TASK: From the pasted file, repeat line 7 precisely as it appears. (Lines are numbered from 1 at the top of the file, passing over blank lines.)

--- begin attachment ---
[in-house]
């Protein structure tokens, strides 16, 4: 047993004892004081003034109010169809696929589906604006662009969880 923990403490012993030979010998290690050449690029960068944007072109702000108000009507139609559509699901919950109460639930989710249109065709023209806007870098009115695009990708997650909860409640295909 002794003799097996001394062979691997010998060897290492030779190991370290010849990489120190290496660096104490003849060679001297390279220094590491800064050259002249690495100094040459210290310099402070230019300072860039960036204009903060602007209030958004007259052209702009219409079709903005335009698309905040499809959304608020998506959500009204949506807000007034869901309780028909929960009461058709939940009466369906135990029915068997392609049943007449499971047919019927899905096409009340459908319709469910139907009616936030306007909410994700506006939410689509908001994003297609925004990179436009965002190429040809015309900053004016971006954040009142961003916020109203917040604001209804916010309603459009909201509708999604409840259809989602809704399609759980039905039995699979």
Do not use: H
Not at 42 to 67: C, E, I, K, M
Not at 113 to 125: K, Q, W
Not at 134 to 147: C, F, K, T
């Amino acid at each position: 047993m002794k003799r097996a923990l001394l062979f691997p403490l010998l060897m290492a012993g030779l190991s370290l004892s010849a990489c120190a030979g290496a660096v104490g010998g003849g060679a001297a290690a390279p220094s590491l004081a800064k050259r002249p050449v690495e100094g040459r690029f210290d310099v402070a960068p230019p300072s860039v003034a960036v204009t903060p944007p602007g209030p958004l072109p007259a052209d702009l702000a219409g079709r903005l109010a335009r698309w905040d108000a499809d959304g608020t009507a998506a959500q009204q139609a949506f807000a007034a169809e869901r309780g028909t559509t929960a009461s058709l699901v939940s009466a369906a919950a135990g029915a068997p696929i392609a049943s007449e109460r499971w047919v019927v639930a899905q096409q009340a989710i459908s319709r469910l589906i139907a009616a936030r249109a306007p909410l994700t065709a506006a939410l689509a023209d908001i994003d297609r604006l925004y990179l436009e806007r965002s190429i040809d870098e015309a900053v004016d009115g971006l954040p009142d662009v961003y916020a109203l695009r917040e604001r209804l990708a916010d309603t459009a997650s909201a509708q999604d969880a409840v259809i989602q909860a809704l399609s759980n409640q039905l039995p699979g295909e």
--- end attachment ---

């Amino acid at each position: 047993m002794k003799r097996a923990l001394l062979f691997p403490l010998l060897m290492a012993g030779l190991s370290l004892s010849a990489c120190a030979g290496a660096v104490g010998g003849g060679a001297a290690a390279p220094s590491l004081a800064k050259r002249p050449v690495e100094g040459r690029f210290d310099v402070a960068p230019p300072s860039v003034a960036v204009t903060p944007p602007g209030p958004l072109p007259a052209d702009l702000a219409g079709r903005l109010a335009r698309w905040d108000a499809d959304g608020t009507a998506a959500q009204q139609a949506f807000a007034a169809e869901r309780g028909t559509t929960a009461s058709l699901v939940s009466a369906a919950a135990g029915a068997p696929i392609a049943s007449e109460r499971w047919v019927v639930a899905q096409q009340a989710i459908s319709r469910l589906i139907a009616a936030r249109a306007p909410l994700t065709a506006a939410l689509a023209d908001i994003d297609r604006l925004y990179l436009e806007r965002s190429i040809d870098e015309a900053v004016d009115g971006l954040p009142d662009v961003y916020a109203l695009r917040e604001r209804l990708a916010d309603t459009a997650s909201a509708q999604d969880a409840v259809i989602q909860a809704l399609s759980n409640q039905l039995p699979g295909e």